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Egyptian businesspersons in European stadiums - Daily News Egypt

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Egyptian businesspersons in European stadiums

Kamel Abu Ali initiated with Neuchâtel, Sawiris with Aston Villa

The past years have seen Egyptian businesspersons buying European sports clubs to invest in sports and provide opportunities for Egyptian athletes going international.

Kamel Abu Ali was one of the first Egyptians to enter the world of investment with a European clubs with the Swiss club Neuchâtel, in which he was a volunteer in 1981 at the resources development committee. His relationship with the club continued until he bought a share in it and became its vice-president and in charge of football there.

He opened the door for Egyptian footballers to go abroad and play with the Swiss team, taking in Tarek Soliman from Al-Masry SC in 1989, Hany Ramzy from Al Ahly in 1990, and Hossam and Ibrahim Hassan in 1991 from the Greek PAOK.

Following the same footsteps, Sayed Metwally bought the Tirana Club in Albania in 1998. He managed to win the league championship and the European Champions League. After returning to chair Al-Masry SC, he gave the chance for several players to play abroad, including Ayman Mashaly, Mohamed El Shafei, and Walid El Sayed.

In 1997, the famous billionaire Mohamed Al-Fayed, previous owner of the Harrods department store, entered the sports business paying EGP 30m to buy the British Fulham FC. The club made several achievements, including qualifying for the European League after finishing seventh in the Premier League and losing the title of the European League at the hands of Atletico Madrid in the final in 2009.

Despite what he did for the club, arrows of criticism still hit him. The most prominent situation was to resort to cutting expenses. He bought 12 chicken to save the costs of eggs for players. He also allocated a space in Motspur Park to raise the chicken, to save £5,000 from the annual budget spent on 90 eggs per week for the players. To the criticism, he responded, “Go to Hell” which caused a strained relationship with the fans.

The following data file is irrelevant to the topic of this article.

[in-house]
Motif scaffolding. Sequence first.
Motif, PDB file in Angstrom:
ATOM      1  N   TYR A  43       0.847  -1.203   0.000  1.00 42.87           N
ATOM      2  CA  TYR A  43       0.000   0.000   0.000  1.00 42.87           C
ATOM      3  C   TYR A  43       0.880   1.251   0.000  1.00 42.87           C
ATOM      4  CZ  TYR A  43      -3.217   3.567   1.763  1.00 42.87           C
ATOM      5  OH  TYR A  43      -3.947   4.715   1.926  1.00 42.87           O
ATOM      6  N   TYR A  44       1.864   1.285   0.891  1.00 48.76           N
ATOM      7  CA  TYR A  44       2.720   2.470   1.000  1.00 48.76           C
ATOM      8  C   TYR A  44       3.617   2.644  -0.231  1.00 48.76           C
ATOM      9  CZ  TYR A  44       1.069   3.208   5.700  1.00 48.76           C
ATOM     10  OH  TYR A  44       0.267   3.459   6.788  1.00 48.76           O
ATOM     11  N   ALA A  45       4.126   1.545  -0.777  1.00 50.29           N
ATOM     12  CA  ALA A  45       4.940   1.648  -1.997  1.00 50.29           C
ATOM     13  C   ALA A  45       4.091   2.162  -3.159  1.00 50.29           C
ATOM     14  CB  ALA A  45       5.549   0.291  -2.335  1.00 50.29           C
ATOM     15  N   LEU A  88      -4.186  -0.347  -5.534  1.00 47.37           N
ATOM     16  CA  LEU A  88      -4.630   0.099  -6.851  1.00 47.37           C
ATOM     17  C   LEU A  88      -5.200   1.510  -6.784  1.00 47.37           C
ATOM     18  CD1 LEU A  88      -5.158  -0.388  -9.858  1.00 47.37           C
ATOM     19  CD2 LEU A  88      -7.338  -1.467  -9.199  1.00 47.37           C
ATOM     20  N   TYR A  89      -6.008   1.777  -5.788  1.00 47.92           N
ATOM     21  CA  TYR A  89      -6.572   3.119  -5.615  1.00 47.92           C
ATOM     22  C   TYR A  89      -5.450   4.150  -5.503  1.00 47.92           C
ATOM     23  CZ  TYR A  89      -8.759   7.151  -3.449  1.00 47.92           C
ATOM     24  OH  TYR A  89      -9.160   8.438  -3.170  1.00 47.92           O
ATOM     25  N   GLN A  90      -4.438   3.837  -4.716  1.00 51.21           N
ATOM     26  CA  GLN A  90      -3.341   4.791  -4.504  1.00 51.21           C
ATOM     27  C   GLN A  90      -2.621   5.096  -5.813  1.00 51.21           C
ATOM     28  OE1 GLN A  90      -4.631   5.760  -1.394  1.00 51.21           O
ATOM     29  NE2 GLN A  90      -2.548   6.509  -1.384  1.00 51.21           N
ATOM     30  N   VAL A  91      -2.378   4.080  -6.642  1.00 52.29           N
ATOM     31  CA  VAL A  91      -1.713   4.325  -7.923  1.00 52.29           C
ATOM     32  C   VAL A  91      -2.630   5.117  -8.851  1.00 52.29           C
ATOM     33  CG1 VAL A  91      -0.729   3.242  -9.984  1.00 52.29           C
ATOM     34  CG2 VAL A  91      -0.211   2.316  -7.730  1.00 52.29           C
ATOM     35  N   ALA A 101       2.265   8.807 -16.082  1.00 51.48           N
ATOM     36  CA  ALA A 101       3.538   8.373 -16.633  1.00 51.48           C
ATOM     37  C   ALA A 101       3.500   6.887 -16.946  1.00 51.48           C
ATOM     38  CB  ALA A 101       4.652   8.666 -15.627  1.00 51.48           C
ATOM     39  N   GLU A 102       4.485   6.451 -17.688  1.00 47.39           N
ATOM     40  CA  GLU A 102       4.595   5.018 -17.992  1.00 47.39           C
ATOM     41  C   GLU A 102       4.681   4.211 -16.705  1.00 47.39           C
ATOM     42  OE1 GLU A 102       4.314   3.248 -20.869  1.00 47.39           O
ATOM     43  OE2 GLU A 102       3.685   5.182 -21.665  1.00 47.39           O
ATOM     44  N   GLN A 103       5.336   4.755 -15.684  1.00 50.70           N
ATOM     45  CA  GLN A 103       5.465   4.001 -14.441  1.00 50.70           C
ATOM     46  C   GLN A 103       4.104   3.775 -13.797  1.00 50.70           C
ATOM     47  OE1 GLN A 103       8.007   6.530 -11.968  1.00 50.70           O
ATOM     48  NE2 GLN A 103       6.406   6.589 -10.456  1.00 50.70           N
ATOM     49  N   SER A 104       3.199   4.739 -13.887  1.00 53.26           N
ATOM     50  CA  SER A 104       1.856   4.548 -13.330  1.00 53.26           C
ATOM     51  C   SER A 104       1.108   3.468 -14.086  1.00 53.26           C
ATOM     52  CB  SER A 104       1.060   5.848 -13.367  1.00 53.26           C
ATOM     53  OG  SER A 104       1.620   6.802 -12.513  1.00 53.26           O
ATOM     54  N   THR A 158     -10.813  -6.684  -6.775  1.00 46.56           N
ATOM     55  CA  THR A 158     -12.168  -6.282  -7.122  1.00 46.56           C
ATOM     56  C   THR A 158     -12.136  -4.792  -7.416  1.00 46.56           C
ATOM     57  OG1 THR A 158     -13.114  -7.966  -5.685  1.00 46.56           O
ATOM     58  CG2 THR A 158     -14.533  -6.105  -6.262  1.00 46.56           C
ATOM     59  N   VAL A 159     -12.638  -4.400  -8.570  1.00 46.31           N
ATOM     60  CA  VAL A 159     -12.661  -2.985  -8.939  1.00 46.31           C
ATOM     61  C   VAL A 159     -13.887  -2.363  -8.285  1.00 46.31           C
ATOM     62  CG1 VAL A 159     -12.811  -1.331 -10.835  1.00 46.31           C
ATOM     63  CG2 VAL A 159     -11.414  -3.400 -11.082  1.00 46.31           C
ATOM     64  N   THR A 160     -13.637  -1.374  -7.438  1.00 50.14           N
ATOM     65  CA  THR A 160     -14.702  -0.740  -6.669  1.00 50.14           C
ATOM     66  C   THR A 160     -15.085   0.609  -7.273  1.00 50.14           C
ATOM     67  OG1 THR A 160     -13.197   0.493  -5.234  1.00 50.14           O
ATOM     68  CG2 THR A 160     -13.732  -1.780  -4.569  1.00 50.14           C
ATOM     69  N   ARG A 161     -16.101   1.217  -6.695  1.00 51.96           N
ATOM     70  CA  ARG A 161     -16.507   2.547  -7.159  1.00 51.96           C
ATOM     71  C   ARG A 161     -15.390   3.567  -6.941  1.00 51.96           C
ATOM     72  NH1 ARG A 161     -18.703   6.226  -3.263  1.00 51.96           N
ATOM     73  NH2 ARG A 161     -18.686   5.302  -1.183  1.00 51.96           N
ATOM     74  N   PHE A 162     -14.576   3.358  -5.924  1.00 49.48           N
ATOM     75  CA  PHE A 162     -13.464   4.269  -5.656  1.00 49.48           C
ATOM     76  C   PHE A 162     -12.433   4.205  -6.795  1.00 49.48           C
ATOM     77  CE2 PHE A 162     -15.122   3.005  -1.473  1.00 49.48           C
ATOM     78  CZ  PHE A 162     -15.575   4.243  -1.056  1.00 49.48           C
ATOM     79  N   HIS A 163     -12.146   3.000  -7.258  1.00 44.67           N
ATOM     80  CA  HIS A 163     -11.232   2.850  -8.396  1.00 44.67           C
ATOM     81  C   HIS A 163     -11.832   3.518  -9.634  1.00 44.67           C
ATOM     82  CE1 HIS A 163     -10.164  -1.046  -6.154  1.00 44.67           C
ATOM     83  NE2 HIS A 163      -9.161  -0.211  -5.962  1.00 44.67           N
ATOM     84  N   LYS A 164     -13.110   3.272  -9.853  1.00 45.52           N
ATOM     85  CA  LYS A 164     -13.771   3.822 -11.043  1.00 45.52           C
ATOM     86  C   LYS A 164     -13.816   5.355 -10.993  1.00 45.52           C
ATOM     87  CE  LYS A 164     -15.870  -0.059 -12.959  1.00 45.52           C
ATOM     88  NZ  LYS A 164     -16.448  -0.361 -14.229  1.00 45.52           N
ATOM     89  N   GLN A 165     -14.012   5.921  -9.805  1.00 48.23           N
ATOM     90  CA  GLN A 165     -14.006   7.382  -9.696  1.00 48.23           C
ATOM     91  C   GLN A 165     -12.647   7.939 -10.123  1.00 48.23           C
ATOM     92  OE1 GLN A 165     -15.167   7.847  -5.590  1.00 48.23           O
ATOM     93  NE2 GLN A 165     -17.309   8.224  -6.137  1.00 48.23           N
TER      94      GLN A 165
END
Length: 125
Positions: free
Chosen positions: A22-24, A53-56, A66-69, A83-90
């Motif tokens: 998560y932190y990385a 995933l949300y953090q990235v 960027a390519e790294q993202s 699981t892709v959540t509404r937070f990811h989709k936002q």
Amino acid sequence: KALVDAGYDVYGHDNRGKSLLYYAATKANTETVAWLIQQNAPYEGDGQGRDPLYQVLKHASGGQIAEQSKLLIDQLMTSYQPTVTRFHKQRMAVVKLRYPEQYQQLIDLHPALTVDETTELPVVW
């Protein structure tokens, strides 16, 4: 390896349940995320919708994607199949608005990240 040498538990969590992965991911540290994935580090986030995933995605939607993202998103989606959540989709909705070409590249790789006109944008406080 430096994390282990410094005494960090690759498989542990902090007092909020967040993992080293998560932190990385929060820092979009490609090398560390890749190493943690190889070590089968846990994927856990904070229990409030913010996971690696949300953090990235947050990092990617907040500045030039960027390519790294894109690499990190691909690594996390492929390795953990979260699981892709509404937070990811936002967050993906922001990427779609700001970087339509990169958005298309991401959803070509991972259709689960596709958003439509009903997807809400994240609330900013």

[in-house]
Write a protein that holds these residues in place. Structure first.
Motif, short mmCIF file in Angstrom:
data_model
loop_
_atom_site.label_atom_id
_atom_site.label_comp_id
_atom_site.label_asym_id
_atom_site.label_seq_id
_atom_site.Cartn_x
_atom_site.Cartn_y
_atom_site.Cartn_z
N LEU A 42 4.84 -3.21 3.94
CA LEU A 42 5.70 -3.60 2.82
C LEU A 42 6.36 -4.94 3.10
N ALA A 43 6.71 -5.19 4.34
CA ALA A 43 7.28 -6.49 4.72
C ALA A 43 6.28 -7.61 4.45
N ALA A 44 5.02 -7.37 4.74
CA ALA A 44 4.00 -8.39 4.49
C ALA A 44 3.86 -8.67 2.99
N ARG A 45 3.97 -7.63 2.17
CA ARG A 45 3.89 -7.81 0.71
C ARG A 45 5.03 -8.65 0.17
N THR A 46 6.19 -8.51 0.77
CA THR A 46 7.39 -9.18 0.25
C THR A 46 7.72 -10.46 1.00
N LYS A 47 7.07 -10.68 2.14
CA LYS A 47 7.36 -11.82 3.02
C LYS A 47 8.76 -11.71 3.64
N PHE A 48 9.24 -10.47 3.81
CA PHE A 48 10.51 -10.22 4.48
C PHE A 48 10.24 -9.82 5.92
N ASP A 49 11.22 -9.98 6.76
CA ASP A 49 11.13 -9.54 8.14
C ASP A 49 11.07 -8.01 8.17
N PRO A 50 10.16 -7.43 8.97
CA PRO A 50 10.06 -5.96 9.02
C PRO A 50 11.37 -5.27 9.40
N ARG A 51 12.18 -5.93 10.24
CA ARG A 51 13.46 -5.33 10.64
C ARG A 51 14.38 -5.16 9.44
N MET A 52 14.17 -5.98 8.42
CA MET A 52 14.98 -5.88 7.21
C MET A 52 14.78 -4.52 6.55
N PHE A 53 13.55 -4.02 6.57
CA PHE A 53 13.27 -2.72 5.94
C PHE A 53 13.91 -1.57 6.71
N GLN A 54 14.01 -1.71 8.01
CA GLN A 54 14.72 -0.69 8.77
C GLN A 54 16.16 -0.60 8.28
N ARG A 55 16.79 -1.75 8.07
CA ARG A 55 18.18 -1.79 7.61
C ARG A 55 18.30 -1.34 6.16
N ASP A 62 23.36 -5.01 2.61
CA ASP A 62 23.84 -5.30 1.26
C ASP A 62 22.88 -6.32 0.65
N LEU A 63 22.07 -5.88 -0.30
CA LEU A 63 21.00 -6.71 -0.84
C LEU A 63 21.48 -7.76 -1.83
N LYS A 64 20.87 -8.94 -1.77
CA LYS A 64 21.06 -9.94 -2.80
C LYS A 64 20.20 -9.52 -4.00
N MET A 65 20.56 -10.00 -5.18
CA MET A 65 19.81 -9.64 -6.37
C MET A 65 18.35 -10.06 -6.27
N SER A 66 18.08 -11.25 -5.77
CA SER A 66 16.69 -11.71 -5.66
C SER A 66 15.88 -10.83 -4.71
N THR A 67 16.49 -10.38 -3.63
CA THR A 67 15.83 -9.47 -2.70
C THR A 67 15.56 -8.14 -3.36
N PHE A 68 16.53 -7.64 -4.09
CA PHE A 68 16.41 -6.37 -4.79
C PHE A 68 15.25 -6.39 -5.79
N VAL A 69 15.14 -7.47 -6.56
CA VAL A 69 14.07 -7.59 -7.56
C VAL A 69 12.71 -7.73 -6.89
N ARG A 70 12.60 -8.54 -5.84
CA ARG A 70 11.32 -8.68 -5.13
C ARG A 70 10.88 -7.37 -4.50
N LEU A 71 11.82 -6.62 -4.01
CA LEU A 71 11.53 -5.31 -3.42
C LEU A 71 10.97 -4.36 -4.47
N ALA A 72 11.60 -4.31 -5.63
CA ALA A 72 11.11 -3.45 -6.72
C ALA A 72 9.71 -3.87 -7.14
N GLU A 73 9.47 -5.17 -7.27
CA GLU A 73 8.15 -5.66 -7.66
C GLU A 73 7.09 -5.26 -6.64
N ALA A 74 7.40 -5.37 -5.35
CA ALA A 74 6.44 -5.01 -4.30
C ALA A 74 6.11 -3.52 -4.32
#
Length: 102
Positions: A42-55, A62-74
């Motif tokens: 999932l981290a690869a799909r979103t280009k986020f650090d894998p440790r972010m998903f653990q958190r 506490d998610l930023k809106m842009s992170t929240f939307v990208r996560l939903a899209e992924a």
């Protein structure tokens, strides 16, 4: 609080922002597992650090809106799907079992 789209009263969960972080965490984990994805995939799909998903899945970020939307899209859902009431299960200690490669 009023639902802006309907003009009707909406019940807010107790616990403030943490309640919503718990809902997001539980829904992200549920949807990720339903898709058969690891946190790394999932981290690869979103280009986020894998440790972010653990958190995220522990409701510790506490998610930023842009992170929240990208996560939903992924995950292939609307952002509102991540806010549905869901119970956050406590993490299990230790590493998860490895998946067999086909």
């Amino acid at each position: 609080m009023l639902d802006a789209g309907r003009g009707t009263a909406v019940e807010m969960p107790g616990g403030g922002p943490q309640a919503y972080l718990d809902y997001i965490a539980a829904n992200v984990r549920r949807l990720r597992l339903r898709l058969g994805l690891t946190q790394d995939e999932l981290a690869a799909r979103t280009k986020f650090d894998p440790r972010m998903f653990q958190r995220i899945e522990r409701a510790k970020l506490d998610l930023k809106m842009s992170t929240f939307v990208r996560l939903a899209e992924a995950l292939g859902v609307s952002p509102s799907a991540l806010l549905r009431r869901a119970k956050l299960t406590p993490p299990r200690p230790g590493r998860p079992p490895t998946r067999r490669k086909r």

With Fayed aging, in July 2013, he sold the club to US businessperson Shahid Khan in a deal worth £150m.

In 2007, Wadi Degla Investment Company, headed by Maged Samy, bought the Belgian Lierse SK and brought several Egyptian players, such as Ahmed Samir, Mohamed Abdel Wahid, Ahmed Abou Islam, Mohamed El Gabbas, Karim Hafez, and Hany Ramzy as manager.

The situation did not go with Samy as he had planned, faced with violent crises in Belgium, upset fans who placed phrases on the club’s slogan highlighting Samy’s Arab roots, made the head of Wadi Degla turn to Greece and buying Ergotelis FC at the end of July 2017. Then in April this year, he announced the sale of Lierse SK after 11 years. The details of the transactions were not disclosed.

Among the Egyptians who invested in Europe, the name of Assem Allam, founder of Allam Marine, came to light, with the purchase of Hull City in October 2010 for £1 from Russell Bartlett. He paid the debts of the club and brought in the Egyptian Mohamed Nagy Gedo and Ahmed Fathy from Al Ahly, as well as Ahmed Mohammedi. The team returned to the English Premier League.

Allam clashed with the fans when he wanted to change the name to Hull Tigers. The manager Steve Bruce left, which stirred public campaigns calling for Allam to leave. In October 2016, he sold the club to Chinese investors for £130m.

The Sawiris Family also had their share in European sports investments. Samih Sawiris, the owner of El Gouna Club, bought a 12% stake in the Swiss FC Luzern. He played a role in Mahmoud Abdel Moneim’s Kahraba professional experience in 2014.

Finally, Nassif Sawiris bought 55% of Aston Villa on 20 July, after partnering with the US businessperson Wesley Adenis.

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